Plasma

Plasma is the fluid part of the blood in which the blood cells and the platelets are suspended. It consists of water in which many chemicals are dissolved, including proteins, salts, sugars, nitrogenous wastes, and carbon dioxide. Plasma is differnet from serum, which is the fluid that remains when the blood is clotted; serum is plasma without fibrinogen and the other components of a blood clot.

Plasma is the main medium for the transportation of substances throughout the body. It carries nutritive substances to the body structures and removes their waste products. Plasma also makes possible chemical communications within the body by transporting hormones.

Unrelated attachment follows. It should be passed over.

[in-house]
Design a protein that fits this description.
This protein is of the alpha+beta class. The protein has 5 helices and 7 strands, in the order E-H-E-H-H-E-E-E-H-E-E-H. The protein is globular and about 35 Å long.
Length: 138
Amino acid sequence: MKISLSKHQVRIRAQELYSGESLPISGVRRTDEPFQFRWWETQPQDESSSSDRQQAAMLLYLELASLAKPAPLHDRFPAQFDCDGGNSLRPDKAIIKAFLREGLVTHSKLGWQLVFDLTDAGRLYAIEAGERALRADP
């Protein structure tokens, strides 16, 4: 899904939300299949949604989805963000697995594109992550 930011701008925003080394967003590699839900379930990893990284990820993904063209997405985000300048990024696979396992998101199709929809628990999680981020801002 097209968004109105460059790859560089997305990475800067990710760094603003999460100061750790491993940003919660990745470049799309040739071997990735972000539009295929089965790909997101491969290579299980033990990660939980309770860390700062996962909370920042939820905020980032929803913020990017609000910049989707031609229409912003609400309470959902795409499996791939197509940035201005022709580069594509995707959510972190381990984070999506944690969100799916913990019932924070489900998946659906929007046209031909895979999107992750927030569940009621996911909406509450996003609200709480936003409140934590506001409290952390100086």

Plasma may be given by transfusions to patients who have lost serum through burns. It also may be used to treat shock or disorders in which protein is lost from the body, such as ascites and nephrosis.